Remote working best practices: what makes a strong password?

Still using the password you conjured up for your first email account in 2002 featuring your favourite footballer? We hope not. Passwords play an absolutely essential role in the security of your company and weak passwords are some of the easiest way for hackers to breach your cyber defences through employee accounts.

In this article we’ll be sharing advice on how to avoid this common, but easily avoided, security pitfall.

Minimum password length for systems

For all password-protected systems, your business should try to follow these basic steps when configuring them:

  • The minimum length for a password should be at least 8 characters including all alphabets, symbols, and numbers.
  • There should be no maximum password length.
  • The system should not allow the user to set a password that does not meet the minimum length requirements for it.

The requirements mentioned above are simple to understand but can be difficult to implement. It is important to note that these rules need to be established across all password-protected devices and software.

To meet this requirement, you need to consult with your IT manager to ensure that all devices and software (whether third-party or proprietary) enforce the minimum password length.

Enforce a secure password policy

A password policy is used to establish the rules and requirements for setting passwords. Creating a secure password policy for staff helps businesses protect themselves and allows them to meet the password requirements under the government’s Cyber Essentials certification scheme.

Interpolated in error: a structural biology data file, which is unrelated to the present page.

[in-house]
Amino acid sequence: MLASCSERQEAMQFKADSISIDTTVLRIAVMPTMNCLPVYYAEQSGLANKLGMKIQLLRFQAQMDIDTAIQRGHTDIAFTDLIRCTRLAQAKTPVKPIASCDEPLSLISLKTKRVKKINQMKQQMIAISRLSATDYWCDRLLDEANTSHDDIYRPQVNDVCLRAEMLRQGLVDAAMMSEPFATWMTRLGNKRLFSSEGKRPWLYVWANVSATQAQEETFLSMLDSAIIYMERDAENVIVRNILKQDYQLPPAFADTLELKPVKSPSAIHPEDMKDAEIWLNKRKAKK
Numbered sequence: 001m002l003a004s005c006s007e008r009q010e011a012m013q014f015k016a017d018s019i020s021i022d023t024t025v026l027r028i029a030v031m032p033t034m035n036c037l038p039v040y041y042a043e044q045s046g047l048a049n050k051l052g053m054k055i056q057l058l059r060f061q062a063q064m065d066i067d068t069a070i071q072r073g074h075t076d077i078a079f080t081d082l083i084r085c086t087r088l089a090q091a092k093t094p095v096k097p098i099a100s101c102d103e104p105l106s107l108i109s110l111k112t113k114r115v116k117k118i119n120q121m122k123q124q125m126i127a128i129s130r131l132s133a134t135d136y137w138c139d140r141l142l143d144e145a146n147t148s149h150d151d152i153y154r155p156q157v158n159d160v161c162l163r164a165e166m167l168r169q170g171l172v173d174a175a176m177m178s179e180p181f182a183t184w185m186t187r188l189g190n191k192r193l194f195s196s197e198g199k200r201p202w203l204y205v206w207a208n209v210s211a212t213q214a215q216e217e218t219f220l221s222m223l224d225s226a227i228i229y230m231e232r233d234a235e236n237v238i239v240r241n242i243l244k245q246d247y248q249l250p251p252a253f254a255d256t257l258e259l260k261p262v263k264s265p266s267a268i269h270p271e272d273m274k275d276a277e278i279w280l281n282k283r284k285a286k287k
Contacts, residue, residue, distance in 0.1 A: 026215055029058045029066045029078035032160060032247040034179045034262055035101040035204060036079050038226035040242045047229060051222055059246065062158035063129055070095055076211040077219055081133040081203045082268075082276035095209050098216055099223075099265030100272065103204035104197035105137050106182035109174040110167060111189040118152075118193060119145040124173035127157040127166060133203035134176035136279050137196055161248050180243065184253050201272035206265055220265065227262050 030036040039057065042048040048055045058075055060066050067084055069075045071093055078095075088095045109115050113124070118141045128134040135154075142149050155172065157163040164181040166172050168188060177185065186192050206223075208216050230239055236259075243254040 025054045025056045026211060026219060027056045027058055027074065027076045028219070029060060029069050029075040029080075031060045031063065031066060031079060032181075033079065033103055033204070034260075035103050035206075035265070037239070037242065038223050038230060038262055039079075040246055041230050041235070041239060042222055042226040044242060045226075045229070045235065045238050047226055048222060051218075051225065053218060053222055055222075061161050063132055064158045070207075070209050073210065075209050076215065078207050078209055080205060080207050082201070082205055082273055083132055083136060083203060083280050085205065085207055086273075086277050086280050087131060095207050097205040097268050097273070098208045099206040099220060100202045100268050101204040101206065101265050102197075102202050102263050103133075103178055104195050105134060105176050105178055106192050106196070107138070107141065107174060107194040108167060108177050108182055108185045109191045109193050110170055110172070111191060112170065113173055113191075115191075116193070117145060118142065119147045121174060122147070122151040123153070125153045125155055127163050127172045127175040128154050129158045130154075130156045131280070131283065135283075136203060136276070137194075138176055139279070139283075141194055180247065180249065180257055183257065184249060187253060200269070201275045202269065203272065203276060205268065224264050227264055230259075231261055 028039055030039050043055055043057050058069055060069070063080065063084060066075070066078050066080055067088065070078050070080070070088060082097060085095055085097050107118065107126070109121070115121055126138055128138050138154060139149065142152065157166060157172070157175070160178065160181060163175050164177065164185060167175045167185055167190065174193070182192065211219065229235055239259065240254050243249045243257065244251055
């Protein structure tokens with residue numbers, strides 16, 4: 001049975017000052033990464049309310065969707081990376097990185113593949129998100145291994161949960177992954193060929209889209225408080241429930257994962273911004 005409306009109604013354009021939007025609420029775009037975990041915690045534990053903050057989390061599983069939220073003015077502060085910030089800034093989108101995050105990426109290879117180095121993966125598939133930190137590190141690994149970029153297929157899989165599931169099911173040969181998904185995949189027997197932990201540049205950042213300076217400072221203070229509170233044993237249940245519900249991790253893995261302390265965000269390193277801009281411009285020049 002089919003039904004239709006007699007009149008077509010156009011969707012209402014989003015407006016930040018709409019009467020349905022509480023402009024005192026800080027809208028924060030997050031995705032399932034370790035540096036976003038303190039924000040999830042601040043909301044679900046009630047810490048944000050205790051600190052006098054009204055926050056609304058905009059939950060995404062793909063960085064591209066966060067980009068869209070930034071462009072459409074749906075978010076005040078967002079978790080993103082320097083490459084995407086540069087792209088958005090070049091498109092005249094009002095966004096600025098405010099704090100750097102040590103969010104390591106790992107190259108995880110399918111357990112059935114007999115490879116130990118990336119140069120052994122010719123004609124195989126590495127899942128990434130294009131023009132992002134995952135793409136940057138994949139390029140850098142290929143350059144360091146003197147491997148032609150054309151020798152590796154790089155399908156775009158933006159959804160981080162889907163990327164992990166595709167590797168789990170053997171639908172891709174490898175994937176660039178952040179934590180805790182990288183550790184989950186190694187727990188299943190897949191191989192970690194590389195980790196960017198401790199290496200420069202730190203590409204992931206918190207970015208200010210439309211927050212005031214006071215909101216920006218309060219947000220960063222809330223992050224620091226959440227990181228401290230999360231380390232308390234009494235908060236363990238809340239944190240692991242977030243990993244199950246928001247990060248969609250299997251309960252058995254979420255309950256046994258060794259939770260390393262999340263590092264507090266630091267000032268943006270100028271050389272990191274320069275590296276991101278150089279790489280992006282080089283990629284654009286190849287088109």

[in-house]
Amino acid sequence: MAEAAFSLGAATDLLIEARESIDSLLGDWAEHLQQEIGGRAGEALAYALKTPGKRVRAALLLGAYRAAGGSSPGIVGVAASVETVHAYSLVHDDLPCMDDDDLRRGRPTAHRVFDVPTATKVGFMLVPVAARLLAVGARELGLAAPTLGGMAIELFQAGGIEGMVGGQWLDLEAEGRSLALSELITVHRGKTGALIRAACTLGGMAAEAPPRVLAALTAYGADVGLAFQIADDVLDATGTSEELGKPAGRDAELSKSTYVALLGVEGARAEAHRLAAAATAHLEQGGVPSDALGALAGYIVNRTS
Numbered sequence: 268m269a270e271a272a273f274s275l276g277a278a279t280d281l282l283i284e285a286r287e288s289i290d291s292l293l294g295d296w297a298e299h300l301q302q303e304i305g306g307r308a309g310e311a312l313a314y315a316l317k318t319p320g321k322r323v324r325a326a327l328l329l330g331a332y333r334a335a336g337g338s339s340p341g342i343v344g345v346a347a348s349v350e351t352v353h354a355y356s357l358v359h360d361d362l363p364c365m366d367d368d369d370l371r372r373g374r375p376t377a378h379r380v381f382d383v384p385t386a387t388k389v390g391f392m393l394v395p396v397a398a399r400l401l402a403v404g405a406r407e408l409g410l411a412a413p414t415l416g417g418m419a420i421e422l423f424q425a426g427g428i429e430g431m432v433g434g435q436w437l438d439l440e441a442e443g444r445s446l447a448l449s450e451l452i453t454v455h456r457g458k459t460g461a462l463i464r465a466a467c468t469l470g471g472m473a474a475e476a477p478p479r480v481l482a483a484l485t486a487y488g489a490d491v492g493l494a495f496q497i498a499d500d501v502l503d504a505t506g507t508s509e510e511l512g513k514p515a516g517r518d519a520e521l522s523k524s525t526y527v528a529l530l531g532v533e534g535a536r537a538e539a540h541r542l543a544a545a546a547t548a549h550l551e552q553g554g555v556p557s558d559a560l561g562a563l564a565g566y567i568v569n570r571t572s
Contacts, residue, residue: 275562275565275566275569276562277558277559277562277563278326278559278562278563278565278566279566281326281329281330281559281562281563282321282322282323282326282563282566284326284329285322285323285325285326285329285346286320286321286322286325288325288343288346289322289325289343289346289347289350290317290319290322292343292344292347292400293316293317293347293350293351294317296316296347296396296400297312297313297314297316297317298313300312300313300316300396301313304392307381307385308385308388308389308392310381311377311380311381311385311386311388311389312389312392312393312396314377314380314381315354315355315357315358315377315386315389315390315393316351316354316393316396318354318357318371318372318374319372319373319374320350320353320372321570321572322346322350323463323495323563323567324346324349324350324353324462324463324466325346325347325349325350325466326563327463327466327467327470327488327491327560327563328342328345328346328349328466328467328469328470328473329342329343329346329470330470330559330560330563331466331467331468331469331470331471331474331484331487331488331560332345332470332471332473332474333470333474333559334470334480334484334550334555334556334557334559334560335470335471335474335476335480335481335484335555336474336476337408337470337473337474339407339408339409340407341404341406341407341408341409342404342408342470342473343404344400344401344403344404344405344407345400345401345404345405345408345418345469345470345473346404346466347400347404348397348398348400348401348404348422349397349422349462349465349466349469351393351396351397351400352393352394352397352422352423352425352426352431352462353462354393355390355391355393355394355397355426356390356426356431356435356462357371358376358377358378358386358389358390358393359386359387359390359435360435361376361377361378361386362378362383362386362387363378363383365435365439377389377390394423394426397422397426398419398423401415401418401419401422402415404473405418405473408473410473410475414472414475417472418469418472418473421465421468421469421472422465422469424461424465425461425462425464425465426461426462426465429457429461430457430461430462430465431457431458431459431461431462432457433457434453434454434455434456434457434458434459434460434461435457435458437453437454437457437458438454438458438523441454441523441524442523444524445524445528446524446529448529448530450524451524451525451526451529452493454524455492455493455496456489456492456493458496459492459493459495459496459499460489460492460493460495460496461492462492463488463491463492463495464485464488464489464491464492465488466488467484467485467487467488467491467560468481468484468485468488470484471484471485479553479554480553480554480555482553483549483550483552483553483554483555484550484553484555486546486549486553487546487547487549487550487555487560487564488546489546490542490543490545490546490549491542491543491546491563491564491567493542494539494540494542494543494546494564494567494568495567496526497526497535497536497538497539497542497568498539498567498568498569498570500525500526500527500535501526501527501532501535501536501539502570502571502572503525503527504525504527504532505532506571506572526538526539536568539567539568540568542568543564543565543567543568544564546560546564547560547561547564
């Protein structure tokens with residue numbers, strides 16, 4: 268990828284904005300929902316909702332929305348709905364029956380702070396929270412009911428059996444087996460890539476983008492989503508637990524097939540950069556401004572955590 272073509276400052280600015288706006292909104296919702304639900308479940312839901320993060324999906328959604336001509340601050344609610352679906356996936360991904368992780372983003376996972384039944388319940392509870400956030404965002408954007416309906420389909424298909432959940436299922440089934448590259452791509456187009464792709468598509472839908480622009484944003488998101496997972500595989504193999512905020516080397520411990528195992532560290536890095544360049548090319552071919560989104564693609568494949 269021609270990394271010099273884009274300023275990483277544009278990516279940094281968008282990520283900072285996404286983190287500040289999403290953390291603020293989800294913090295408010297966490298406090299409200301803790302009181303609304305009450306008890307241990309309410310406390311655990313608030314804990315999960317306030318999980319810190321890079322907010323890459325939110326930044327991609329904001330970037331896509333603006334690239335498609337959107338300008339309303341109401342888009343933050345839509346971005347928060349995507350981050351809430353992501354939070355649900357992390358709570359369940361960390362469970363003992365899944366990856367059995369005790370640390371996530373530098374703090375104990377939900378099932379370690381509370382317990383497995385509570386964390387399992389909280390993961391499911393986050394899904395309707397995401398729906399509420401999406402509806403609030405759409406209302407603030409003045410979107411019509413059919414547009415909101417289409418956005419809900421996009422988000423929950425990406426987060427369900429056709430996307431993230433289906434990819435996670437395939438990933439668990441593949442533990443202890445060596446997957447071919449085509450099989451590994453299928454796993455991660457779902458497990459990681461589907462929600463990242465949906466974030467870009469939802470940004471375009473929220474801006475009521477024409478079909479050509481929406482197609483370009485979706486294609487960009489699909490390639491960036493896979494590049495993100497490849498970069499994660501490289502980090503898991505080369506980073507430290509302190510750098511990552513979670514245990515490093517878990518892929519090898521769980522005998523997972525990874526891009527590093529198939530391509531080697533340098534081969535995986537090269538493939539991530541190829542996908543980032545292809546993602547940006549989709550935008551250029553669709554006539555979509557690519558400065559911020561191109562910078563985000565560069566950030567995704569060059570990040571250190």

The goal of a password policy is to take away the burden of individual users to create solid passwords. However, users should still be made aware of the password policy so that they pick sensible passwords for their email, devices, and other accounts.

Other than the minimum password length requirement mentioned above, your employees should:

  • Avoid obvious passwords that can be easily discovered or guessed such as their name, phone number, birthdays. That goes for your pet’s name too.
  • Not choose common passwords such as the ‘abcdefgh’, ‘12345678’. This can also be implemented through a blacklist that prevents users from keeping common passwords.
  • Memorise their passwords instead of recording them whenever possible. Don’t email them to yourself or keep them in your Notes.
  • Not use the same password for different accounts. 45% of Brits have the same password for half of their online accounts. Not great.
  • Use password management software or other secure mechanisms for storing and retrieving passwords.
  • Require the system to:
    • Protect against brute-force password guessing algorithms by locking accounts after a set number of unsuccessful attempts to enter the password.
    • Change default or common passwords to random non-guessable passwords.

If you want to see how long it would take a computer to guess your current passwords, check out HowSecureIsMyPassword.


Ensuring the use of strong passwords is a key step towards becoming digitally secure. 

CyberSmart helps businesses comply with Cyber Essentials by simplifying the process of compliance for them including complying with password regulations. If you would like to learn more about how to implement a password policy for achieving Cyber Essentials, get in touch with us.